Crossed by Ally Condie
2 ** = Overall not recommended; there were some highlights, but nothing to write home about
Rules Are Different Outside The Society
Chasing down an uncertain future, Cassia makes her way to the Outer Provinces in pursuit of Ky–taken by the Society to his sure death–only to find that he has escaped into the majestic, but treacherous, canyons. On this wild frontier are glimmers of a different life and the enthralling promise of a rebellion. But even as Cassia sacrifices every thing to reunite with Ky, ingenious surprises from Xander may change the game once again.
Narrated from both Cassia’s and Ky’s point of view, this hotly anticipated sequel to Matched will take them both to the edge of Society, where nothing is as expected and crosses and double crosses make their path more twisted than ever. (synopsis by Goodreads)
A few disappointing things happened while listening to “Crossed” by Ally Condie, the sequel to “Matched.”
- I learned that Cassia is pronounced “Cash-a,” as in “Cassius,” instead of Cassia as in “Cassiopeia.” Disappointing.
- I accidentally listened to the majority of disc 2 on shuffle, creating quite a frustrating listening experience. I discovered my error just before I almost threw in the towel on the whole book.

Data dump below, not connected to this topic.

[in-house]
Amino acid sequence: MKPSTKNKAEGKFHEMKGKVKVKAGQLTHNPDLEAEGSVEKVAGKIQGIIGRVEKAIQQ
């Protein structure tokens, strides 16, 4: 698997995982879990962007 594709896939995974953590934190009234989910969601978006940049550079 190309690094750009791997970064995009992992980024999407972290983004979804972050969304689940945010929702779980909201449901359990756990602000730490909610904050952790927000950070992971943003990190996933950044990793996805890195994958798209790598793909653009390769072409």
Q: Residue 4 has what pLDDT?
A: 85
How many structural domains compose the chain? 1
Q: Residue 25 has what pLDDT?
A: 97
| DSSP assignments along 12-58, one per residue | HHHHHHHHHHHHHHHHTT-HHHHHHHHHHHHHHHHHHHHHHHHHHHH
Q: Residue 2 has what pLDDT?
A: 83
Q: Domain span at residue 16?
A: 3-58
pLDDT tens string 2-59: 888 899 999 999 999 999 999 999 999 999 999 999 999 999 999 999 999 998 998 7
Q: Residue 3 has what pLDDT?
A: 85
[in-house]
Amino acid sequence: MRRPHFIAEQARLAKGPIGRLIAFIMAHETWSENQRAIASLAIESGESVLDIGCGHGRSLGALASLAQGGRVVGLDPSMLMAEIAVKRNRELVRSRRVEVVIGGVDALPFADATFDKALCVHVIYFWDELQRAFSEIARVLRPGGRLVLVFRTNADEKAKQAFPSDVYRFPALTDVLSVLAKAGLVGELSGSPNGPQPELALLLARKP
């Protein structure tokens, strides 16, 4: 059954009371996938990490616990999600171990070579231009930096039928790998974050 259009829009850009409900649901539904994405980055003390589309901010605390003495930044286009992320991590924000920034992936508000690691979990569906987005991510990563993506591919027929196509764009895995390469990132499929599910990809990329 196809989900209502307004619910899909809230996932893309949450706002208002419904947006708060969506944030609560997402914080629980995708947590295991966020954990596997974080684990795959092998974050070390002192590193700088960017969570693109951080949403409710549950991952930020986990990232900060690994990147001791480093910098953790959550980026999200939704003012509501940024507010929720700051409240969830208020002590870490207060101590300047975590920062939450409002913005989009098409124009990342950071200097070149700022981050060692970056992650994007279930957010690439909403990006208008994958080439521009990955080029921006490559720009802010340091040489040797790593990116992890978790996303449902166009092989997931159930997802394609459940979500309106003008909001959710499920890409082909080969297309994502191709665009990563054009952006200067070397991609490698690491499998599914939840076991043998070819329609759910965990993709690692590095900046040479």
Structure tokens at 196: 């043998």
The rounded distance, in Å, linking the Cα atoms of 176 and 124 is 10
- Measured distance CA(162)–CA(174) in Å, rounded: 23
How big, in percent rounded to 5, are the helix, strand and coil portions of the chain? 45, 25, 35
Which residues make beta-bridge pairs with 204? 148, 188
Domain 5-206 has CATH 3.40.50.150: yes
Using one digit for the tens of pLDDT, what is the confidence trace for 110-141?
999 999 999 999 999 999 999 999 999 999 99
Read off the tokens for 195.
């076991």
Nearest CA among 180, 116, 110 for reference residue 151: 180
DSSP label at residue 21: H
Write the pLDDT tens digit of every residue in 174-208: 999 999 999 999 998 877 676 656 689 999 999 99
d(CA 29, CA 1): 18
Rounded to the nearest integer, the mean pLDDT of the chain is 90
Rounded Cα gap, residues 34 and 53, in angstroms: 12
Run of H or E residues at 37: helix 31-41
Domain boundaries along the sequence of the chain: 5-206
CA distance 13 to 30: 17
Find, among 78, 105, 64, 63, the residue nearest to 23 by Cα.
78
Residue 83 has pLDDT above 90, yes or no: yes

- Condie goes all Jacob and Bella on us, alternating chapters between Ky and Cassia’s voice. Unfortunately, Ky ends up being way less awesome. I liked mysterious, brooding Ky a lot more than whiny, insecure, wavering Ky. The intriguing mystery of his character was lost.
- Worst of all – not a lot of excitement happened. I thought the first book set things up for an exciting, faster-moving, stick-it-to-the-man dystopian adventure. I was wrong. Instead, the book was mostly the anxiety-ridden musings of angsty teenagers. Blah.
I really was banking on “Crossed” being better than “Matched.” But I think I misjudged Ally Condie. She seems to thrive on poetic musings rather than adventure and mystery. I think she would rather write of complicated love than page-turning excitement.
Some of you will value this about her, and that’s just fine. I actually like all that too. However, a winning book to me is one that can encompass all of the above. I didn’t feel like Condie accomplished that.